As if providing a possible rejoinder to Russell’s last remark, Quran forces the reader to remain attentive to this world as much as the other.
Without picking up this important nuance, the whole argument is rendered too simplistic and seemingly based on mechanistic Designer/ Designed duality. On a different note, these initial verses tend to transpose the way how an atheistic argument would approach this whole issue of life and death, i.e., by turning one’s attention to other things. Quranic argument like the atheistic stand is also rooted in the natural world but unlike the latter, this natural world – in its existence as well as extinction – is not considered to be moving towards a purposeless decay but serving as a test bed for human conduct.
Not classically opposing but nevertheless an ostensibly reasonable counter-question can be that when will this promise of ultimate day of judgement be fulfilled (67:25), to which the Prophet is simply asked to respond that he does not possess such knowledge, as he is merely given the mission to convey a clear warning (67:26). Faith, therefore, is not always based on positivist empirical grounds (67:12).
The acme of this Divine drama as well as response to deniers’ myopic reasoning is set in the hereafter where groups of the persistent deniers, after being thrown into the animated Hell, will be asked whether no warner has been sent to them with the warning. To which, they will reply that warners were indeed sent to them but they rejected them and considered them deluded (67:7-11).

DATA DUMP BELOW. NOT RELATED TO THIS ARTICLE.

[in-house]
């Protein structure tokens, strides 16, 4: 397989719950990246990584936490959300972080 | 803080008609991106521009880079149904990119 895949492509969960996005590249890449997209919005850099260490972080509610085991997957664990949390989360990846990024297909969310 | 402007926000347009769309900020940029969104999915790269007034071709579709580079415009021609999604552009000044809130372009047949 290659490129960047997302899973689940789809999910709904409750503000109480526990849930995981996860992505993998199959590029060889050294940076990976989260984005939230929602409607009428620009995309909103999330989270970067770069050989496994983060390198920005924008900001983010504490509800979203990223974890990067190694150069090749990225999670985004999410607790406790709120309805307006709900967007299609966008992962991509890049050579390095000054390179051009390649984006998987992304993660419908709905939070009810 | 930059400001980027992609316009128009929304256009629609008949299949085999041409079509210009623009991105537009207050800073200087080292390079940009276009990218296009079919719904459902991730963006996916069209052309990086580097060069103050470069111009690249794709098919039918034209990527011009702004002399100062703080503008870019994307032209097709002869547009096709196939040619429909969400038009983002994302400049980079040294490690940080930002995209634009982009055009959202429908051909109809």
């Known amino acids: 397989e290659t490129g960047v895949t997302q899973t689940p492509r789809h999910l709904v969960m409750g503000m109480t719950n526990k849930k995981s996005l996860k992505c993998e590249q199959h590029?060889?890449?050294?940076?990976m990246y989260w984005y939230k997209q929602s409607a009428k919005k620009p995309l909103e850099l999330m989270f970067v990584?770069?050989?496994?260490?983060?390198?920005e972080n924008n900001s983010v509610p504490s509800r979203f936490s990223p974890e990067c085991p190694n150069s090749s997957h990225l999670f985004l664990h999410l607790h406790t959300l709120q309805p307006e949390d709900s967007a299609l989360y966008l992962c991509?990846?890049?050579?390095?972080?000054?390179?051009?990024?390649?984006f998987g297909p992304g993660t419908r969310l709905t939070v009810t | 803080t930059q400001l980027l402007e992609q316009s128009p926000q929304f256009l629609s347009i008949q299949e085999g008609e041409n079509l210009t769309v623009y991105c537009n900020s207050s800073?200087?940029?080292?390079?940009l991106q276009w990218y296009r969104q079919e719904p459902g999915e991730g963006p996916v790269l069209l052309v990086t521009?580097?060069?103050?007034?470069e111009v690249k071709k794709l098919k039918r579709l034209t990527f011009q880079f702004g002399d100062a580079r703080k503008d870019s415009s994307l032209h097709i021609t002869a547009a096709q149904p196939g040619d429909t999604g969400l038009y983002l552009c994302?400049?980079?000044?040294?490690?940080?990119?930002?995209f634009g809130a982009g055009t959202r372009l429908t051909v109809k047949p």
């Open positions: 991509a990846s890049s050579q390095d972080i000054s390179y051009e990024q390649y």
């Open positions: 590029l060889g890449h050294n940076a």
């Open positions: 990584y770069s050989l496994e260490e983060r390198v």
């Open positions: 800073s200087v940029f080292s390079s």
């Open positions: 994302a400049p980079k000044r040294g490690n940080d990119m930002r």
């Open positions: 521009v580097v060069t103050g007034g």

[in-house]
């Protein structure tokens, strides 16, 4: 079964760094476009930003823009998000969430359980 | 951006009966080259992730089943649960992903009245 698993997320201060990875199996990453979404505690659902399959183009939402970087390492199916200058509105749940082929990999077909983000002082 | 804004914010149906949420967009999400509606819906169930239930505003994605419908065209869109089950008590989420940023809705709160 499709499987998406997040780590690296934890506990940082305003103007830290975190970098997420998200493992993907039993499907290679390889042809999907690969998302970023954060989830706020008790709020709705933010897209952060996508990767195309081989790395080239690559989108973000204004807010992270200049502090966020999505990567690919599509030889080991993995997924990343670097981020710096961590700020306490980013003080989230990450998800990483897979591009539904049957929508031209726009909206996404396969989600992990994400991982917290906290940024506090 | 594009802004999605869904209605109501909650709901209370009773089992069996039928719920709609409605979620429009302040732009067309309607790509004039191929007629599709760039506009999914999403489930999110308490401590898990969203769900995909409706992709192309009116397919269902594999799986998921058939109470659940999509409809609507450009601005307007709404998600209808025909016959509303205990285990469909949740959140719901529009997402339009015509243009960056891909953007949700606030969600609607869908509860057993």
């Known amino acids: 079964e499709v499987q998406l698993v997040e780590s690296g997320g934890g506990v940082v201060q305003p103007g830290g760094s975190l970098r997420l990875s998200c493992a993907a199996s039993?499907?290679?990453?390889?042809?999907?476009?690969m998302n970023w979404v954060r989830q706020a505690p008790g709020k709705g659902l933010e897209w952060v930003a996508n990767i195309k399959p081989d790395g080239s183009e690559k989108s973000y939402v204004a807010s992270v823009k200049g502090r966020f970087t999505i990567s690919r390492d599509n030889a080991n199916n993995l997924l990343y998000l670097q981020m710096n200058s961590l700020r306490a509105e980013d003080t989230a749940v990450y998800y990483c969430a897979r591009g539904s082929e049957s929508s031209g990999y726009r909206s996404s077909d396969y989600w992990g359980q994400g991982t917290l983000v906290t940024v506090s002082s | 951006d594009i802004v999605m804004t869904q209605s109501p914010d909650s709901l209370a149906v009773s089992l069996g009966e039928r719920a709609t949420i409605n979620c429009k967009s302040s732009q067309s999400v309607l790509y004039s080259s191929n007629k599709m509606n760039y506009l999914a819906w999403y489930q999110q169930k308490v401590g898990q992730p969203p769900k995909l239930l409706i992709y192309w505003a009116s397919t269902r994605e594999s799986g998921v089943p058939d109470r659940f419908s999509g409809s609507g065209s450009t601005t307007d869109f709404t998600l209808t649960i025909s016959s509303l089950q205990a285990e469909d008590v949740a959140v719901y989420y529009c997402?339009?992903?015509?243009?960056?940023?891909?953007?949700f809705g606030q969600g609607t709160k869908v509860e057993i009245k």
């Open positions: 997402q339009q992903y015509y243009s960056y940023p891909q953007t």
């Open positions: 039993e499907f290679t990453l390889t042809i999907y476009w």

Perhaps the most peculiar and interesting point in these verses is Quranic commentary on rationality. The human faculty of reason, as the dialogue (67:7-11) quite clearly establishes, if used judiciously, must lead man to use natural world as a symbol to infer existence of God and a greater plan in creation. “Is then one who walks headlong, with his face grovelling, better guided,- or one who walks evenly on a Straight Way?”, asks Quran from the ones who ascribe to reason as an ideal in itself and blinds themselves to the actual ideals in the process (67:22).
Just like it is reasonable enough to believe in warnings given to us daily by people whom we fully trust, it is also rational to believe in the warnings given to us by human beings whom God chooses as His messengers. It is perhaps correct to contend that reason, according to Quranic view of rationality, is not an ideal in itself but a means to achieve the only true ideal of conceiving and appreciating the Divine consciousness scattered everywhere in the cosmos .